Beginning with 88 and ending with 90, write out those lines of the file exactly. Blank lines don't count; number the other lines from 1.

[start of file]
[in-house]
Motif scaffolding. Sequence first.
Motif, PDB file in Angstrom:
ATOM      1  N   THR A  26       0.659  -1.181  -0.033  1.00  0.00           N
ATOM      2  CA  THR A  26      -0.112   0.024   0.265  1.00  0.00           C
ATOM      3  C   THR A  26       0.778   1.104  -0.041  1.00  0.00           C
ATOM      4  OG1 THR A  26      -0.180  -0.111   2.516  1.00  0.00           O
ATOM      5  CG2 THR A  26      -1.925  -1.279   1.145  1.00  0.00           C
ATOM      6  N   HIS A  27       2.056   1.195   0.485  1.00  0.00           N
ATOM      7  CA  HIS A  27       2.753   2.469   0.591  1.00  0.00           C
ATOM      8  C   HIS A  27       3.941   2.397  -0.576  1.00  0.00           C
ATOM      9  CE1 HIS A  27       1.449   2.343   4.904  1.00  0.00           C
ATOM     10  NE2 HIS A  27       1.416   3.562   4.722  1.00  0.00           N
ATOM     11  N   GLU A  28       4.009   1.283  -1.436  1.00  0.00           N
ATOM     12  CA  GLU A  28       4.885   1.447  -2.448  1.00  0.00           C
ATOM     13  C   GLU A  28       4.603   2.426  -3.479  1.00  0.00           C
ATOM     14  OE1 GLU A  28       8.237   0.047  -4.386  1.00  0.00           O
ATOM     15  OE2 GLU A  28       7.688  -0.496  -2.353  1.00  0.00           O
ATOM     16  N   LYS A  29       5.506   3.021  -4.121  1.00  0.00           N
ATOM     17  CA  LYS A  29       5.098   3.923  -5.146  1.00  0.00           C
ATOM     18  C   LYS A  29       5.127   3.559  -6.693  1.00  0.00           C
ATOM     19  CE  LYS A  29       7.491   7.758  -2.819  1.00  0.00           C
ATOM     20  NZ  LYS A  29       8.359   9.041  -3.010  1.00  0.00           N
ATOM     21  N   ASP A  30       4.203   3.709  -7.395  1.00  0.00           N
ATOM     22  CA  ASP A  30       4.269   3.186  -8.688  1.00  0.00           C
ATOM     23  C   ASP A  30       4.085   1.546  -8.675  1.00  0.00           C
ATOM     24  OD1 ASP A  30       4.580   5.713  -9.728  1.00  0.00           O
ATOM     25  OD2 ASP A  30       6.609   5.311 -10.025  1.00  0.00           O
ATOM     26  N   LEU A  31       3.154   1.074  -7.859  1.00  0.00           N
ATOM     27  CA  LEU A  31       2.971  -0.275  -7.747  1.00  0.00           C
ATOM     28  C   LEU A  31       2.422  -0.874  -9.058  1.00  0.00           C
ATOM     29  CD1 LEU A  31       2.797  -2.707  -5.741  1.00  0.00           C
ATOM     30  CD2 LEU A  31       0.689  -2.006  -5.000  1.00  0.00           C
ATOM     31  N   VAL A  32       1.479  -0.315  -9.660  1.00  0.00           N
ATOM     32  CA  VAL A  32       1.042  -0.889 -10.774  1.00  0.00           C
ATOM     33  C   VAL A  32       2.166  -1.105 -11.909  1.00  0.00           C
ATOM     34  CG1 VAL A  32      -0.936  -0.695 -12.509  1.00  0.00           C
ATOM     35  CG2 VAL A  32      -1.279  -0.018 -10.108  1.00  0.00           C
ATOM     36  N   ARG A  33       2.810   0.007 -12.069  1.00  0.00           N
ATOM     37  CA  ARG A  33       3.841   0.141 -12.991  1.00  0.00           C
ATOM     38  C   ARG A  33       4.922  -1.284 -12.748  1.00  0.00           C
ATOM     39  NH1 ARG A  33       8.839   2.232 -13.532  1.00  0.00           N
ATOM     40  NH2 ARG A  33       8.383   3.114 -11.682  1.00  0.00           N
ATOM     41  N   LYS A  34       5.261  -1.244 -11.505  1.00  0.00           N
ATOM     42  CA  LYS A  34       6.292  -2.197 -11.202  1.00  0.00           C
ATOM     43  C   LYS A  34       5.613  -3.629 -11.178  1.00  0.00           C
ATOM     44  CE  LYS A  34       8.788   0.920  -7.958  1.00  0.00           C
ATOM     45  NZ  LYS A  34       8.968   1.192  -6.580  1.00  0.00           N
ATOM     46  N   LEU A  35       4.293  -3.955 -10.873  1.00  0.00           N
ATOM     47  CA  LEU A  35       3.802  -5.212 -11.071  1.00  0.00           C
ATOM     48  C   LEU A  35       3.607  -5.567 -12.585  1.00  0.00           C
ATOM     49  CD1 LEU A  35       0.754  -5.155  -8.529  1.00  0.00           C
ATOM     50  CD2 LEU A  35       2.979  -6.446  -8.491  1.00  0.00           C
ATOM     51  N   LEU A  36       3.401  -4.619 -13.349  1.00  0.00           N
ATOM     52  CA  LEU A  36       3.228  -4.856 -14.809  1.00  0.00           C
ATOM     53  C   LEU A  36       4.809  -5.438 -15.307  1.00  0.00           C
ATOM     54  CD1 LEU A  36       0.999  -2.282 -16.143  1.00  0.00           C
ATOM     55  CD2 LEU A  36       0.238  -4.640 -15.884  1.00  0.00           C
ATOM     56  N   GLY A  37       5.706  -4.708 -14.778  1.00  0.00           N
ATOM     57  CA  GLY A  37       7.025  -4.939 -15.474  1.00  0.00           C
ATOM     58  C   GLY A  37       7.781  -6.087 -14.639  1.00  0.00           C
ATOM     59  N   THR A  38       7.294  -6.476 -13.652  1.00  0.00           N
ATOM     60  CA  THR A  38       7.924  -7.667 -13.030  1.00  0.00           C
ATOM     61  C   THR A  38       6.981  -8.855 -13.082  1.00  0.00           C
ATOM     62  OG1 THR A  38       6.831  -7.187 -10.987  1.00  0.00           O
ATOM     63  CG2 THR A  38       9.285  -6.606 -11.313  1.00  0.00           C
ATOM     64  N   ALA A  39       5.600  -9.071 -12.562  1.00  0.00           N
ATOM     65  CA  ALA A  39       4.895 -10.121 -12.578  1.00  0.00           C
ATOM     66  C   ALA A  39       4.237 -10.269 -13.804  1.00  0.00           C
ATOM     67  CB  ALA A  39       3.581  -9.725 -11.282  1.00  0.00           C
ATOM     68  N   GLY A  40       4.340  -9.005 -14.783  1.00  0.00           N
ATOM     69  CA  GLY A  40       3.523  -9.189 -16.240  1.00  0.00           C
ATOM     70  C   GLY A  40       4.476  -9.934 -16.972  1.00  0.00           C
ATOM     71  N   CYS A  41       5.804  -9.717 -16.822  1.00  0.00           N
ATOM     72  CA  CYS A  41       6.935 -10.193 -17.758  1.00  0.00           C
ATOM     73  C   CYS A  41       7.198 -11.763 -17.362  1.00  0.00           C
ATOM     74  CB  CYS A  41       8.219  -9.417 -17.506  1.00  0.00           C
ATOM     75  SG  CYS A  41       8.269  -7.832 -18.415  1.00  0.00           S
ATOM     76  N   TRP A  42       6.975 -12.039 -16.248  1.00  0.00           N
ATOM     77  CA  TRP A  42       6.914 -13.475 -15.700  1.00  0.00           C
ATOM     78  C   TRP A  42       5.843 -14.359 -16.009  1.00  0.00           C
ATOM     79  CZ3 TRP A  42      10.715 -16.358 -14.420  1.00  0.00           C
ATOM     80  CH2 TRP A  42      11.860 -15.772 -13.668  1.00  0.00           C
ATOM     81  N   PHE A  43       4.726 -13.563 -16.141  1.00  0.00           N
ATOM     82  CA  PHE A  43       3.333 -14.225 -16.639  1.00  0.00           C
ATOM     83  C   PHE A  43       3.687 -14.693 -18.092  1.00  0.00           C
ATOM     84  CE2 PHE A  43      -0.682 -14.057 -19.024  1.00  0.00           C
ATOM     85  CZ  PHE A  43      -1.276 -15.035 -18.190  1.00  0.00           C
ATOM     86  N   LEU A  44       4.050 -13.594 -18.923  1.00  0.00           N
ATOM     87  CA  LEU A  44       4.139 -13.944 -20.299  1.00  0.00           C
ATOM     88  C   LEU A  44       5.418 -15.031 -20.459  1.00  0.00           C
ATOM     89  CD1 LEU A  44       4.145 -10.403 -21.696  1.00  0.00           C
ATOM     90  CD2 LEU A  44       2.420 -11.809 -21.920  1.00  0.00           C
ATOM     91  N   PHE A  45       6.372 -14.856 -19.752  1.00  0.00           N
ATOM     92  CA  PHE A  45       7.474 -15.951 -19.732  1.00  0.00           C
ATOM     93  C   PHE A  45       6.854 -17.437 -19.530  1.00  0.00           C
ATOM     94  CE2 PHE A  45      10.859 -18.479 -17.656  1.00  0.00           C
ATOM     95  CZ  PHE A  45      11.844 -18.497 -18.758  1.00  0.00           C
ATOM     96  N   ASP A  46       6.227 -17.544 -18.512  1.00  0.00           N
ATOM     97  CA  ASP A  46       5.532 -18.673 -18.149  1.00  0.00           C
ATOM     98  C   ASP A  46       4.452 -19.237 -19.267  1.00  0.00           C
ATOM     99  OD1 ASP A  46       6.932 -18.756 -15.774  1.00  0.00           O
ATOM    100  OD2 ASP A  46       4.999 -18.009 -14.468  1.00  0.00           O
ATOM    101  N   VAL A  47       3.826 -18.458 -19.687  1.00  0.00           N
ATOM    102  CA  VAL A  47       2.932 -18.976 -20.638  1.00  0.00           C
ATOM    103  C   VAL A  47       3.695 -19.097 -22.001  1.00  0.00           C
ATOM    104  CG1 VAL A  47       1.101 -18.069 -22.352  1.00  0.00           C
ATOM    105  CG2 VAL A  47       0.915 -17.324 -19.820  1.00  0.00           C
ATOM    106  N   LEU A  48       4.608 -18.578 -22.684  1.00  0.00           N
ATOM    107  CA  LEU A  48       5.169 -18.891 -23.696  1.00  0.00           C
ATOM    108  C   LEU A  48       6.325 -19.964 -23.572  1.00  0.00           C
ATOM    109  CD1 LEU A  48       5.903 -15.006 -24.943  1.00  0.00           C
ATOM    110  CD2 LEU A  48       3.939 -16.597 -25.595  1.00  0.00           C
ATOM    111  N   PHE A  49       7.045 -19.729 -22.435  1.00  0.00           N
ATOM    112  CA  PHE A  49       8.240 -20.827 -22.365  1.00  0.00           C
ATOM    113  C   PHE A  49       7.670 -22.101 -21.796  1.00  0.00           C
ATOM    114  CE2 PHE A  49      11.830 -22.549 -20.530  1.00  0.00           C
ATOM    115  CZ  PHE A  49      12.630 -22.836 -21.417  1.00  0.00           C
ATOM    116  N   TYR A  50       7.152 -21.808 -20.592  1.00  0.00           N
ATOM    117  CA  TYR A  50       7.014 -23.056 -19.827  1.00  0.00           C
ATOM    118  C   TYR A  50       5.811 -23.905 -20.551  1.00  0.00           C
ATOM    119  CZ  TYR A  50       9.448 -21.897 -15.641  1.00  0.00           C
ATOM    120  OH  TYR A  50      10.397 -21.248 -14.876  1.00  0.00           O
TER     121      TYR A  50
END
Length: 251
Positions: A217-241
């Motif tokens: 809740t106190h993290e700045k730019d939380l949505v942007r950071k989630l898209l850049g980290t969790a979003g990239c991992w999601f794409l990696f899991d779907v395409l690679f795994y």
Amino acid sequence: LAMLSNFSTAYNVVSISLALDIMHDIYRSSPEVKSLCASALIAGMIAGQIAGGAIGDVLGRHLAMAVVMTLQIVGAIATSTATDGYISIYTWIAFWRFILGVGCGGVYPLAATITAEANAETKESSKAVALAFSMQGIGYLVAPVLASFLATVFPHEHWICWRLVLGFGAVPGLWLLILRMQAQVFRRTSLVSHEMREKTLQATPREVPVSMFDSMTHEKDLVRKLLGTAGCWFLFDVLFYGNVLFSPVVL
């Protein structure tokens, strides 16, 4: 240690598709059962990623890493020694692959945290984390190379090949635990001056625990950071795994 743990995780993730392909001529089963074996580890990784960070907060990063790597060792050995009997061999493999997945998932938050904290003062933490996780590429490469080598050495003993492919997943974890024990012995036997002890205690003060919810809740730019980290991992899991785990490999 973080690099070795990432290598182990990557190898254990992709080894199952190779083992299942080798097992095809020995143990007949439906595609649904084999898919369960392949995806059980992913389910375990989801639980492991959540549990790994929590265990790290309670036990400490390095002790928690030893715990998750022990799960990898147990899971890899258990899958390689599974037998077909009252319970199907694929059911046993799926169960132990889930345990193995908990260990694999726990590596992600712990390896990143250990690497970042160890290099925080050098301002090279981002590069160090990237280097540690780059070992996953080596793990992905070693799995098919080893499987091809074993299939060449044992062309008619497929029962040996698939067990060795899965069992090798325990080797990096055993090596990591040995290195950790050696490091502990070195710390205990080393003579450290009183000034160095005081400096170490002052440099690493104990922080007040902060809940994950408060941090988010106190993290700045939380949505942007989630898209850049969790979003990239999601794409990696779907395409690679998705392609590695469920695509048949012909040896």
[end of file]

ATOM     85  CZ  PHE A  43      -1.276 -15.035 -18.190  1.00  0.00           C
ATOM     86  N   LEU A  44       4.050 -13.594 -18.923  1.00  0.00           N
ATOM     87  CA  LEU A  44       4.139 -13.944 -20.299  1.00  0.00           C